Monday, November 25, 2019

There's Inflammatory And Then There's *Inflammatory*

Just in case you wondered why the MSM was being unusually honest in its coverage of Birmingham's 'Movies And Machetes' Day, the answer is carefully buried in in paragraph 7 of the BBC's follow up - which is to say three paragraphs after the claim it's all racisss:
"But during the first 24 hours of the film over 25 significant incidents were reported and escalated to senior management in 16 separate cinemas," it said.
So, not actually just Birmingham then, after all.

Hey, it's probably just a coincidence how all these violent incidents keep happening at the same movie except I can't help noticing that the MSM and the left - but I repeat myself - seems a little more sensitive when it comes to speech from the right. Lest we forget, these people were outraged about use of the H-word:
He described her intervention as "humbug" and repeated the word again.
The SNP's Nicola Sturgeon said there was "a gaping moral vacuum where the office of prime minister used to be".
And then there was that time the MSM ran with ludicrous stories of Nigel Farage inspiring Brexiteer death squads to ethnically cleanse Essex...

So for those of you keeping score at home, the current rules are as follows:
  • Question the ludicrous claim to victimhood of a deranged leftisit MP: Stoking up hate!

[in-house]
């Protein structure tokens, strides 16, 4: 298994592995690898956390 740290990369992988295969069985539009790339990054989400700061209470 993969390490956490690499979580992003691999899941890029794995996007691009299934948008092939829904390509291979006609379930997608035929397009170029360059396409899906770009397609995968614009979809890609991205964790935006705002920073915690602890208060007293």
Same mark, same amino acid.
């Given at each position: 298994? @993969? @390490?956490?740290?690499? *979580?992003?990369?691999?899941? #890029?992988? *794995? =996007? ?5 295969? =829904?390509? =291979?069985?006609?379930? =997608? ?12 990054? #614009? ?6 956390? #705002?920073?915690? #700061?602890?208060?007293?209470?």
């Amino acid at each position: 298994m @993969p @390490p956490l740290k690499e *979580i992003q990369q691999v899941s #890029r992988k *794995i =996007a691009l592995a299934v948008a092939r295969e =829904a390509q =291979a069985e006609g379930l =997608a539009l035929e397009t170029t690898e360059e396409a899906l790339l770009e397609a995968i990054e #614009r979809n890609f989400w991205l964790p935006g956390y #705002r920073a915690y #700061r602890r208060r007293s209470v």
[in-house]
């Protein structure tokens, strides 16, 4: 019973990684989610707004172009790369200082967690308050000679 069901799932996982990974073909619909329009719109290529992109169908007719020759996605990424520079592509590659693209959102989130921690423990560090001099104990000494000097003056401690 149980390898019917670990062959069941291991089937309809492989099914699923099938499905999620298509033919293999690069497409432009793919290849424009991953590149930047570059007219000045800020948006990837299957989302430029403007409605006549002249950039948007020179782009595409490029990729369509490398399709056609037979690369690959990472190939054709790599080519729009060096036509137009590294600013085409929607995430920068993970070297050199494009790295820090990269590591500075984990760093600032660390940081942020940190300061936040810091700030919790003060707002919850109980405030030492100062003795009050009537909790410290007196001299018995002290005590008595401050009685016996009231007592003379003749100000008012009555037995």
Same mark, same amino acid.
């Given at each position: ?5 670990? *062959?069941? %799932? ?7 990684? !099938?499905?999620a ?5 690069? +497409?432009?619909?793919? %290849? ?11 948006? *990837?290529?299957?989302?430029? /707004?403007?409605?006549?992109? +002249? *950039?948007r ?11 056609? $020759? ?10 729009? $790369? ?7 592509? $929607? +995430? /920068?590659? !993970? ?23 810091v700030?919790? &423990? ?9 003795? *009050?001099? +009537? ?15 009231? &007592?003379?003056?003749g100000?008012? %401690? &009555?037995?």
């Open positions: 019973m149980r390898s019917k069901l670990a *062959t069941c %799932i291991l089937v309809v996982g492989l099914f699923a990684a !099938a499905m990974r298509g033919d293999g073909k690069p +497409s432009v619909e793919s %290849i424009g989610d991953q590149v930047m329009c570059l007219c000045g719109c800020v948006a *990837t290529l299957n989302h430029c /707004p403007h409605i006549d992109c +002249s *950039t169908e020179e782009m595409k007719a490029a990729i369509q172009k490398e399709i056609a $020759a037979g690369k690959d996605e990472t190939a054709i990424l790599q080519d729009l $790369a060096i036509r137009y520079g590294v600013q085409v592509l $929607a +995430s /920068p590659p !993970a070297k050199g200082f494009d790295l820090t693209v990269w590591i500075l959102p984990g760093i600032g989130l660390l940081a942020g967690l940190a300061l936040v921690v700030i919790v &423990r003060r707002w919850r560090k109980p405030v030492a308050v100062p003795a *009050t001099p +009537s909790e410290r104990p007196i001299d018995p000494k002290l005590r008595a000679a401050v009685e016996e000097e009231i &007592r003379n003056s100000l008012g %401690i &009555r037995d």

• Suggest Britain should leave the EU: Toxic rhetoric!
  • Make A Movie Celebrating Violent Insanity:  Diversity Yo!
Needless to say, the BBC was fearless in holding the filmmaker to account for his exercise in social arson.... by quoting from his Instagram account without comment:
Blue Story's writer and director, Andrew Onwubolu, said Saturday's disturbance in Birmingham was "truly unfortunate".

In an Instagram post on Sunday, the rapper-turned-filmmaker wrote: "Sending love to all those involved in yesterday's violence at Star City in Birmingham.

"It's truly unfortunate that a small group of people can ruin things for everybody.

"Blue Story is a film about love not violence.
Yep: it's all about the love except somehow people keep seeing it as a call for homicidal madness.

So, you know, it's basically the Koran of movies.

Of course, there is one other reason why the BBC is busy claiming to be shocked - shocked - to find violence going on here:
The movie which was written by Andrew Onwubolu, a rapper and YouTuber who also goes by the monicker ‘Rapman’, was produced by Paramount and BBC films. 
Public Service broadcasting FTW!

Although admittedly it must be hard to turn down  the creative genius of a man who raps under the stage name 'Rapman'.

I guess it was a tough decision for this guy whether to go into music full-time or stick with his job at NASA.

All of which brings us back where we started: literally everything people on the right say is outrageously outrageous but meanwhile the BBC is blowing our license fees on an inner city version of 'Triumph of the Will'.

Why is anyone on the right still taking these people seriously?

On the plus side though, there is one moment of unintentional humour from Badmovieman. File this one under 'Missing Persons':
He said he wanted the audience to see past crime statistics and headlines about knife crime, to understand how a "good kid" can lose their way.

"They didn't come from child abuse or neglectful mothers. What kids go through in the school playground is so intense, it all starts there."

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